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Normally First Class

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The BBC has released some papers relating to the hiring and the employment of Guy Burgess. One of the more amusing details is Burgess’s habit of writing memos on the back of the expense forms; another, his fondness for first-class travel and his justifications for it:

If you will refer to your papers you will see that in the past I successfully established the principle of travelling first class when at work, under war-time conditions, on Corporation business. I think you will find this on your predecessor’s minutes. I normally travel first class and see no reason why I should alter my practice when on BBC business particularly when I am in my best clothes to attend a Service.

Other papers make you wonder whether Burgess travelled first class less because he wanted to protect his suits and more because he considered himself inherently first class. Plenty of other people, after all, had said he was. In letters written in support of his candidacy for a job at the BBC, Burgess is always first rate. Cambridge’s Appointments Board wrote to the corporation:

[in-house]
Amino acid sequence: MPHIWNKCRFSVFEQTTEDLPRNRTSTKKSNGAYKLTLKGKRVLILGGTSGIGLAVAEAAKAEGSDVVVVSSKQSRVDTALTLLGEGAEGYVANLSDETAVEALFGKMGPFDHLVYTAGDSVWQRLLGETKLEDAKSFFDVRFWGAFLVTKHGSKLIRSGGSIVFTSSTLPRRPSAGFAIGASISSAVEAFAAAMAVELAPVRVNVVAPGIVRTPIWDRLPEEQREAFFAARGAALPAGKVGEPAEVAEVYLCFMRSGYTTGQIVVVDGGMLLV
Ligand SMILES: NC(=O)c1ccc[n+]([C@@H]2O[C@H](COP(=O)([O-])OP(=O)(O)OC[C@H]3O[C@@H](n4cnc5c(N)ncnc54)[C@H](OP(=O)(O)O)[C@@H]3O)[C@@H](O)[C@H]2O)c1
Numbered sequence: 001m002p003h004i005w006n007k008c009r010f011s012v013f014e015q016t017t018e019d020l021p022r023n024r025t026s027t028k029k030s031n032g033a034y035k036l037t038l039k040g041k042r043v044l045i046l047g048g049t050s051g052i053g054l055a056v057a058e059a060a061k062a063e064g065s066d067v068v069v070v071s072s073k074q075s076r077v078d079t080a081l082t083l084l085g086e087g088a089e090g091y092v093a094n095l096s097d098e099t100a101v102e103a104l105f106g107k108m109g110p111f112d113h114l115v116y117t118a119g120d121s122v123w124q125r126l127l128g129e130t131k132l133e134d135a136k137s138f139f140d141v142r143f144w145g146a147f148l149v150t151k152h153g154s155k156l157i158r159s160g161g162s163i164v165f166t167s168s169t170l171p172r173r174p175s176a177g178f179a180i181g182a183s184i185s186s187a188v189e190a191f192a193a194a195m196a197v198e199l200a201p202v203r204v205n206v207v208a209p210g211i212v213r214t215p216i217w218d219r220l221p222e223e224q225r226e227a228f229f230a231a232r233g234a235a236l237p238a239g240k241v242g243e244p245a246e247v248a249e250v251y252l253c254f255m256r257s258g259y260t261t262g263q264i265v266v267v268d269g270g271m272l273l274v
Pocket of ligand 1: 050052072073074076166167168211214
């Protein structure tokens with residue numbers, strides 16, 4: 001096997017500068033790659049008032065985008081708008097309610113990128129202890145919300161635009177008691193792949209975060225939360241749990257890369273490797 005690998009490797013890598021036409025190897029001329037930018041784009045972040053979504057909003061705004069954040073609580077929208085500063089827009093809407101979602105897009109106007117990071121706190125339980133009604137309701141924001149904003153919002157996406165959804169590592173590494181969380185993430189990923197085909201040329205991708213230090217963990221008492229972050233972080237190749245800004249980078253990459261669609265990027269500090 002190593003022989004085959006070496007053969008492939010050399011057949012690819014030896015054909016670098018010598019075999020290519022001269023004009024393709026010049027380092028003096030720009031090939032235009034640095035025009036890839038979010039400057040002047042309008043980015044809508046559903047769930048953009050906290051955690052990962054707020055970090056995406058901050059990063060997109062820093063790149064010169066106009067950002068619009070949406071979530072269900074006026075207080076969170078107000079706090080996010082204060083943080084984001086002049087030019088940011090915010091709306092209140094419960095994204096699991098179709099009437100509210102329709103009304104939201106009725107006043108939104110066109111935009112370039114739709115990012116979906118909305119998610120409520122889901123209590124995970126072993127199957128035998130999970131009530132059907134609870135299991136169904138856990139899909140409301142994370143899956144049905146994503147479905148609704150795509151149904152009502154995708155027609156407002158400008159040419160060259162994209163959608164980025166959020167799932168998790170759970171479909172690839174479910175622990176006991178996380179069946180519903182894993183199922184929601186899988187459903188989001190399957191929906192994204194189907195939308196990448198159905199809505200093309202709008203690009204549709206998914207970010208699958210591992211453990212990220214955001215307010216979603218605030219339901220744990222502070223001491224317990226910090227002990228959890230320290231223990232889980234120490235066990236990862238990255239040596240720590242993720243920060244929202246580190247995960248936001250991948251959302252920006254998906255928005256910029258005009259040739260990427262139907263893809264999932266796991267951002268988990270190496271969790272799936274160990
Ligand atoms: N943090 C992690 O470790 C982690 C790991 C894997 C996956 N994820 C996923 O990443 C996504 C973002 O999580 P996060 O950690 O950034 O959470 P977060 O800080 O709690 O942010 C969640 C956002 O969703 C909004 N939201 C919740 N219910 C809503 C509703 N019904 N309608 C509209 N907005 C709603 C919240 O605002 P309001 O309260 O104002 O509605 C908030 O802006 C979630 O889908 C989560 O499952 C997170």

He is a somewhat highly-strung fellow, too, but gets on uncommonly well with people, including being notably successful with a number of stupid pupils whom he supervised for his College during his last year here. He really seems a most versatile fellow. He seems to have a real gift for friendship in quite a wide circle, including a close friendship with an ex-miner here. He has done a good deal of journalistic work. Burgess is a man of considerable self-assurance and a fellow for whom it is easy to feel both admiration and liking.

And from G.M. Trevelyan:

I believe a young friend of mine, Guy Burgess, late a scholar of Trinity, is applying for a post in the BBC. He was in the running for a Fellowship in History, but decided (correctly I think) that his bent was for the great world – politics, journalism, etc. etc. –and not academic. He is a first rate man, and I advise you if you can to try him. He has passed through the Communist measles that so many of our clever young men go through, and is well out of it. There is nothing second rate about him and I think he would prove a great addition to your staff.

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